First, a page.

The Scarlet Plague

The old man manifested an accustomed chagrin as he brought the coin back again close to his own eyes.

“2012,” he shrilled, and then fell to cackling grotesquely. “That was the year Morgan the Fifth was appointed President of the United States by the Board of Magnates. It must have been one of the last coins minted, for the Scarlet Death came in 2013. Lord! Lord!—think of it! Sixty years ago, and I am the only person alive to-day that lived in those times. Where did you find it, Edwin?”

These words were written by Jack London  in a 1912 novel “The Scarlet Plague” .  Yes, that same Jack London who wrote the cheerful and optimistic “White Fang” and “Call of the Wild”.

In the novel the Scarlet Plague emptied the planet in a matter of days in 2013.  Jack London was just a little off.  It’s hard to predict things 100 years into the future.  However, the Ebola virus did start in West Africa in 2013.  Ebola breaks down blood vessel walls and mucous membranes, and colors victims scarlet by causing them to bleed out externally and internally.  The virus is lethal, but so far isn’t as lethal as to reduce the world’s population to a million as the Scarlet Plague did.  So far the Center for Disease Control (CDC) numbers indicate Ebola has approximately 55% mortality rate.  It is highly contagious, but isn’t airborne, and appears to require transmission by contact of host’s body fluids with the membrane tissue of the recipient: mouth, nose, eyes, open wounds, sexual organs, etc.

Ebola Cases and Deaths to date

I am not a virologist or a medical professional.  The medical and disease control professional who have been interviewed seem certain that the outbreak will be controlled.  Yet some publically available data and some statements made by experts are worrying:

U.N. officials say their goal is to stop Ebola in 6 to 9 months.  It isn’t known if that means that the weekly infection rates will begin to go down or that the outbreak will be eradicated.  It appears that the outbreaks of epidemic follow roughly a bell curve with a standard deviation of multiples of maximum incubation period  If that’s the case than the outbreak epidemic curve may look something like this:

Ebola Cases and Deaths projections

Predicting the future outside one’s own area of expertise usually means the projections lack any credibility.  For whatever it is worth, if the disease does progress along as indicated by these curves, it would mean that is the outbreak begins to decline immediately there may be approximately 6500 cases and approximately 3200 deaths.  If it takes 3 months to begin reducing weekly infection rates and subsequently deaths, there may be as many as 70 thousand cases and 35 thousand deaths.  If it takes 6 months for the infection rates to spread, there may be as many as 300 thousand cases and 150 thousand deaths.  Given today’s interconnected world, these deaths are likely not to be contained to West Africa.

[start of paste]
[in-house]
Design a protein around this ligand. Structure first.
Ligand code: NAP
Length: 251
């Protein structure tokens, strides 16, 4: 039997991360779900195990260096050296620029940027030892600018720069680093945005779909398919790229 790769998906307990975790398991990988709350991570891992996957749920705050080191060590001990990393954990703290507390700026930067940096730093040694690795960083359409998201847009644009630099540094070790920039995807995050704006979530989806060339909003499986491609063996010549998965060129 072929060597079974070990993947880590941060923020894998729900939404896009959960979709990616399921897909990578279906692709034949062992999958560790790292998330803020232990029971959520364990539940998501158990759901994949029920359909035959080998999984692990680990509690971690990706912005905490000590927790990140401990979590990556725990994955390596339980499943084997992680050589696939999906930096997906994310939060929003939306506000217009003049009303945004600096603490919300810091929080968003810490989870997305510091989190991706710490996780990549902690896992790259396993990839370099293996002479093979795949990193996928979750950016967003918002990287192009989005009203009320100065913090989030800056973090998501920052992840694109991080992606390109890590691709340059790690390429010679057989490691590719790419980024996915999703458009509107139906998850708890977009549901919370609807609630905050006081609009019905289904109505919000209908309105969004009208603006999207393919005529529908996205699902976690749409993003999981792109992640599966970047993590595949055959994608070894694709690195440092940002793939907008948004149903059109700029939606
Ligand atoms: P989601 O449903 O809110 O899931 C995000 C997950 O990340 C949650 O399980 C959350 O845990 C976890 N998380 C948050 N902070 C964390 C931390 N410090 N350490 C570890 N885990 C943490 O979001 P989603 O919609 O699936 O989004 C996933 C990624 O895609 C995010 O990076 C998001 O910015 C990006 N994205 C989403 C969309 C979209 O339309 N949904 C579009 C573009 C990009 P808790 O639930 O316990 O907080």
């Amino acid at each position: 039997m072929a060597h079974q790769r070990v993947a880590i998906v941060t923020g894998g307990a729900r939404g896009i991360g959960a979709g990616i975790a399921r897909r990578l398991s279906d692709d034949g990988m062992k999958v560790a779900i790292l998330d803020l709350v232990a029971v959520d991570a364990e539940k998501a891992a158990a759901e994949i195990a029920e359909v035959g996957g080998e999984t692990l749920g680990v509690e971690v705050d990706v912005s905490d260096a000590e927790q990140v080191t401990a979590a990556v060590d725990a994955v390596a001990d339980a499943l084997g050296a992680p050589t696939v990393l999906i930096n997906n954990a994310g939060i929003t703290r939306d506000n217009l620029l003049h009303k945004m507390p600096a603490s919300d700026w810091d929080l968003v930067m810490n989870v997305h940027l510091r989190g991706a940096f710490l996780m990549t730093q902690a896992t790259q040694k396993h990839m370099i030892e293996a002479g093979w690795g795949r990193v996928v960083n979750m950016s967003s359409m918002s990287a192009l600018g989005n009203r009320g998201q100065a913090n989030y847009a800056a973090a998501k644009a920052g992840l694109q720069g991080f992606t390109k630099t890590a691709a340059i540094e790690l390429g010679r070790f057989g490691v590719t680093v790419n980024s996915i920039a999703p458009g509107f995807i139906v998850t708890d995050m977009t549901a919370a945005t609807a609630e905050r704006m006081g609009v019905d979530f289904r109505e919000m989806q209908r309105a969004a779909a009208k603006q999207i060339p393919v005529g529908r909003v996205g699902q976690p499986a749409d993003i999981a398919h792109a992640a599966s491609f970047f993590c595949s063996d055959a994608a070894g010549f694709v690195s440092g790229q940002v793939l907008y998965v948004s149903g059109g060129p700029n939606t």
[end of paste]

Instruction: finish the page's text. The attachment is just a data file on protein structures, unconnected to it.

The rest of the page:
When natural disasters strike Malaysia or Haiti, the global community donates tens and hundreds of millions to the efforts.  This Ebola outbreak has the potential, even if it’s a relatively small potential to become a global crisis.  Those of us who can should donate to Doctors without Borders/Medicins sans Frontiers and other reputable medical charities to allow them to pay bonuses to the local healthcare workers and to buy protective equipment and disinfecting chemicals.

As an aside, Jack London didn’t miss too far on his other projections: we don’t have Morgan the Fifth, but we are talking about Bush the Third and Clinton the Second.  There’s no Board of Magnates per se, but the 0.1% of our society has become so rich as to attempt to buy elections and to pick candidates by controlling the flow of donations.  Jack London, living during the previous most unequal period in the U.S. history, simply drew a straight line to the beginning of the 21st century.  Writing in 1912, how was he to know that WW1, the Great Depression and WW2 will decimate the ranks of the super-rich in absolute and relative terms.

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